Bulldog Bites

News and Views from the University of Redlands

Speech-language pathology student gains career experience through clinics

After witnessing her family members' experiences with speech-language pathology, Sally Cantos '20 was inspired to study communication sciences and disorders at the University of Redlands. (Photo by William Vasta)

Sally Cantos ’20 was introduced to the profession of speech-language pathology through her sister who works in a rehabilitation clinic. Soon after, one of her family members was diagnosed with autism spectrum disorder (ASD), also benefiting from speech-language therapy—and Cantos knew the field was for her.

Cantos, who received bachelor’s and master’s degrees in the Philippines before moving to the United States, was attracted to the “grad plus” track in the communication sciences and disorders program at the University of Redlands. This track, which accepts students who didn’t study speech-language pathology as undergraduate students, allowed Cantos to enter the program by taking prerequisite classes that count towards her master’s degree.

Before moving to the United States, Cantos didn’t know what the speech therapy field consisted of. “All of a sudden, I was introduced to both sides of the practice—the medical [through my sister’s clinic] and the educational [through my family member’s ASD diagnosis],” she says. “I thought it was really interesting.”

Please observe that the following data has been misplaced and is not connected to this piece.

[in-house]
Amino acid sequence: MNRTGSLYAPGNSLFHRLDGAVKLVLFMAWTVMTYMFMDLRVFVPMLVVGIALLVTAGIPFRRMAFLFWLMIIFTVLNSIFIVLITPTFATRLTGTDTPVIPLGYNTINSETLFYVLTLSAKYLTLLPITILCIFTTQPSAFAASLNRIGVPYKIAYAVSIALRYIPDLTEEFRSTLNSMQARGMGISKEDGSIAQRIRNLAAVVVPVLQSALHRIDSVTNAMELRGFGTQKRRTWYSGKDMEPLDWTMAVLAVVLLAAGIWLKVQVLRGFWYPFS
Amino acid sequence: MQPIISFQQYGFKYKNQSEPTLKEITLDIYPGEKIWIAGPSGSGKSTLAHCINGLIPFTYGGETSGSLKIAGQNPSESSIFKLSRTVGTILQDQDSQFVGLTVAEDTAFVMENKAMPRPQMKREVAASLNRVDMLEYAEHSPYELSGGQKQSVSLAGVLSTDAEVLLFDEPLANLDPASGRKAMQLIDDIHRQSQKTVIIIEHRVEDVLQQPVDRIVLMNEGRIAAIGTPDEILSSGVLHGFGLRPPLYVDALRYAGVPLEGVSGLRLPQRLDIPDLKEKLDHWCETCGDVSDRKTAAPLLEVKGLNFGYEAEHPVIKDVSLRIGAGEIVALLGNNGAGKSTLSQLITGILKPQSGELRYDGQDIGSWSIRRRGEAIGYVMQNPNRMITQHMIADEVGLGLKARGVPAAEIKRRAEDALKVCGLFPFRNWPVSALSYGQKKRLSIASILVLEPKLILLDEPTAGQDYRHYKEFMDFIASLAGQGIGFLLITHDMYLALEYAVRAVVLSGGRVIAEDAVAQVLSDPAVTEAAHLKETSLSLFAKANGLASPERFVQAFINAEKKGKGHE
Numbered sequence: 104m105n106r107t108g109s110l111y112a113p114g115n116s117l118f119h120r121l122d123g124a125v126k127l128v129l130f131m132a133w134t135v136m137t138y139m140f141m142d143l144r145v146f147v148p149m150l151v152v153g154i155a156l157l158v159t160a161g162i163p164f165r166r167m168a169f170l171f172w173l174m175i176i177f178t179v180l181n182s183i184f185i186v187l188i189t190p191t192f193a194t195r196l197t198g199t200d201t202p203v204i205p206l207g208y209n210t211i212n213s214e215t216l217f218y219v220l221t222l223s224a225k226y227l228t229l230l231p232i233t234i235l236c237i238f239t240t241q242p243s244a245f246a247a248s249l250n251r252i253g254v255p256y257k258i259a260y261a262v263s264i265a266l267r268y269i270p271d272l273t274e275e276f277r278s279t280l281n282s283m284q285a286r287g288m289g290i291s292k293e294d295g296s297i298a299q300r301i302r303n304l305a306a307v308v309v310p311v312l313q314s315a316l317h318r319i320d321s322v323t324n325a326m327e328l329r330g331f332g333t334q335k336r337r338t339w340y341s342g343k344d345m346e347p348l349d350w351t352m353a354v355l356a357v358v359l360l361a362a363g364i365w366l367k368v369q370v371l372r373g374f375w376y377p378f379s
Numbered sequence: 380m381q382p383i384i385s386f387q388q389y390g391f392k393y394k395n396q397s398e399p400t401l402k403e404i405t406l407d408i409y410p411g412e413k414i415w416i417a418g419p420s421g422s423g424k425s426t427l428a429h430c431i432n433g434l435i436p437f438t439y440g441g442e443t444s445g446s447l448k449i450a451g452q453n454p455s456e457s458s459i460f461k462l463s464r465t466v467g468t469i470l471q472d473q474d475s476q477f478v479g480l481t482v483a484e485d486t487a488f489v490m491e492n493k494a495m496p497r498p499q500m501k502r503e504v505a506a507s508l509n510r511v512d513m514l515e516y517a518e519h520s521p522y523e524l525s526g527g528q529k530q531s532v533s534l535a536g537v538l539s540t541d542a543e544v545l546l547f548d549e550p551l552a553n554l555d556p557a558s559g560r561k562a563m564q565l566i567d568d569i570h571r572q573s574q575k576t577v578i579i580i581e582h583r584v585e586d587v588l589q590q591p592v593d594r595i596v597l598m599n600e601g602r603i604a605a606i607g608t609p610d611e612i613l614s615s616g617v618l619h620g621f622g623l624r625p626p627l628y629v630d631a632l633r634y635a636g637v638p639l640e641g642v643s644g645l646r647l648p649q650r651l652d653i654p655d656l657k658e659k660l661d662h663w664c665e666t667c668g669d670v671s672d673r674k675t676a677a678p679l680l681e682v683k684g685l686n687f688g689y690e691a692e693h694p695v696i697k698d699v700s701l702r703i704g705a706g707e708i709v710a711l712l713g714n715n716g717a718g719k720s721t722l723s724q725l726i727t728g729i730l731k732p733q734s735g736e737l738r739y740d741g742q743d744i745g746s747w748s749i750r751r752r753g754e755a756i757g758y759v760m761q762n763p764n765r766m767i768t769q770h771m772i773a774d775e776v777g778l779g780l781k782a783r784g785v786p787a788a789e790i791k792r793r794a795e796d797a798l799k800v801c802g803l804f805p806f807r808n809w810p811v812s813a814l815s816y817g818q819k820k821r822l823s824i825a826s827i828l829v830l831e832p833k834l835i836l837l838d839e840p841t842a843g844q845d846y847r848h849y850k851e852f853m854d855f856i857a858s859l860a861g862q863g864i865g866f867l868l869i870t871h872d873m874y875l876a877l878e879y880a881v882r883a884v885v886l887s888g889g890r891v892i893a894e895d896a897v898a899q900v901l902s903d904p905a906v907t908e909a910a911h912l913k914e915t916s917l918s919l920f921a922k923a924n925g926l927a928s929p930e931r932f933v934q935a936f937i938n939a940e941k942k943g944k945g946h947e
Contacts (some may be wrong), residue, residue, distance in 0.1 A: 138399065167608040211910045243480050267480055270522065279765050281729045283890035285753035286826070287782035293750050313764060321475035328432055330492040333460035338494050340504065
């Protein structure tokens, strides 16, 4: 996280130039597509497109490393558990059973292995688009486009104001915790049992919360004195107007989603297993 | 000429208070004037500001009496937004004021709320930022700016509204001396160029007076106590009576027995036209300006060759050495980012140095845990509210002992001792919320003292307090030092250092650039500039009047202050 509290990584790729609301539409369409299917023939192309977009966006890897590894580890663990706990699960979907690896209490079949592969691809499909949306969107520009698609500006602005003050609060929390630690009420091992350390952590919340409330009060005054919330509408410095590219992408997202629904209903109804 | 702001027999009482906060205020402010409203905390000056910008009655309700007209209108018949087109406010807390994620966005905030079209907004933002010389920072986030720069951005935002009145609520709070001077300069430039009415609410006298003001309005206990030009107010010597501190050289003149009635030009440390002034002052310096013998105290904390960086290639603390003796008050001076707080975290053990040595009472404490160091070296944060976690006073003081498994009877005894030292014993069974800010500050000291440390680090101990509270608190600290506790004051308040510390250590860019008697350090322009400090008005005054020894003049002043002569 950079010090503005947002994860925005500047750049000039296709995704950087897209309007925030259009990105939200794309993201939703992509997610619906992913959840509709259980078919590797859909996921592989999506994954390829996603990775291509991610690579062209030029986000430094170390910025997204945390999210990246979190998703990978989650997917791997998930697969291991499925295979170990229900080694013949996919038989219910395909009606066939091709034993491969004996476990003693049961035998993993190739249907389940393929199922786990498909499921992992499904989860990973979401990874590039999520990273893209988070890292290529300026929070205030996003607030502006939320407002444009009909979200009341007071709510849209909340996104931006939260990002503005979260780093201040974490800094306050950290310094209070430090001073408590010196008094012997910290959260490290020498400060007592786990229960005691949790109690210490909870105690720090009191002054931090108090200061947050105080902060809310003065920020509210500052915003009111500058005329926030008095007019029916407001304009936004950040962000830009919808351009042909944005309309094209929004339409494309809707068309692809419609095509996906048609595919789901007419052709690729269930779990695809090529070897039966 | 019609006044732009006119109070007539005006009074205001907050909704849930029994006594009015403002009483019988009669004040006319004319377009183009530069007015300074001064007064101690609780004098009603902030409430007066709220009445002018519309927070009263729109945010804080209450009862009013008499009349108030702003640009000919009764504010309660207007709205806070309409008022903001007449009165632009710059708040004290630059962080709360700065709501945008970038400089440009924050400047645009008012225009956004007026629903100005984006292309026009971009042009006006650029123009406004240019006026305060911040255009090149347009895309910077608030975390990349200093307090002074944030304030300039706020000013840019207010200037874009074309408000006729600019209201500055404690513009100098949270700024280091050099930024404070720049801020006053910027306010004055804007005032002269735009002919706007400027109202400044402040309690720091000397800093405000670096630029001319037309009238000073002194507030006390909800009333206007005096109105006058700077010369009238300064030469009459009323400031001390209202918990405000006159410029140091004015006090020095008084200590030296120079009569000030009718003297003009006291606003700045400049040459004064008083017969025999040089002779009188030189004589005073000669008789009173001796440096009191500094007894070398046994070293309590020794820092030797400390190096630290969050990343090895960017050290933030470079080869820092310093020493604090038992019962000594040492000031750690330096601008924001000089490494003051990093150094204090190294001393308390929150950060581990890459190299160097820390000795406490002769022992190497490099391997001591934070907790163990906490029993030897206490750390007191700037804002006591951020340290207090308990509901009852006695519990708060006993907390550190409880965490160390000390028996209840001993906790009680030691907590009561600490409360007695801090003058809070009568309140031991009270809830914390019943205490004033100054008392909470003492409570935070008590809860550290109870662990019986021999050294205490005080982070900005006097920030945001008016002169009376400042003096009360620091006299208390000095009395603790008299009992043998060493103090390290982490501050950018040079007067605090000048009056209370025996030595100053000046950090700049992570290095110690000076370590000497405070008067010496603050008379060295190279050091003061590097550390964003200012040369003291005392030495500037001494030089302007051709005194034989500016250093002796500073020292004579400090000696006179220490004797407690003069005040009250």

Cantos commutes weekly to Redlands from Ventura, so she savors her time on campus and with professors. The numerous clinics within the program have enabled her to glean insights into the profession of speech-language pathology in a small group setting. Currently, Cantos is enrolled in the dysphagia clinic at Redlands Community Hospital, where she helps patients with swallowing disorders.

“I’m interested in the medical aspect of speech-language pathology, so receiving this kind of education that allows me to apply it to a clinic is incredible,” says Cantos. “I can really see the relevance of what I’m learning with real-life practice.”

In addition to learning about helping patients, Cantos admits she has also learned a few things about herself. Due to the different patient populations that are part of the clinical side of the program, Cantos found herself working with children at a local nursery school—something she never thought she wanted to do. But now, she says she’s open to the possibility of working with young children in the school environment.

Additionally, Cantos notes the importance of the program’s emphasis on diversity and multicultural education: “The patients that speech-language pathologists work with can come from a variety of backgrounds.”

After she graduates, Cantos is looking forward to working as a medical speech-language pathologist serving patients who have experienced neurological disorders, such as a stroke, Parkinson’s disease, traumatic brain injuries, and other neurological events. She credits the U of R with giving her the confidence to do so.

“I learned that I’m capable of developing professional empathy by working directly with clients,” she says. “I really value the immersive educational experience I received.”

Learn more about the communication sciences and disorders program at the University of Redlands.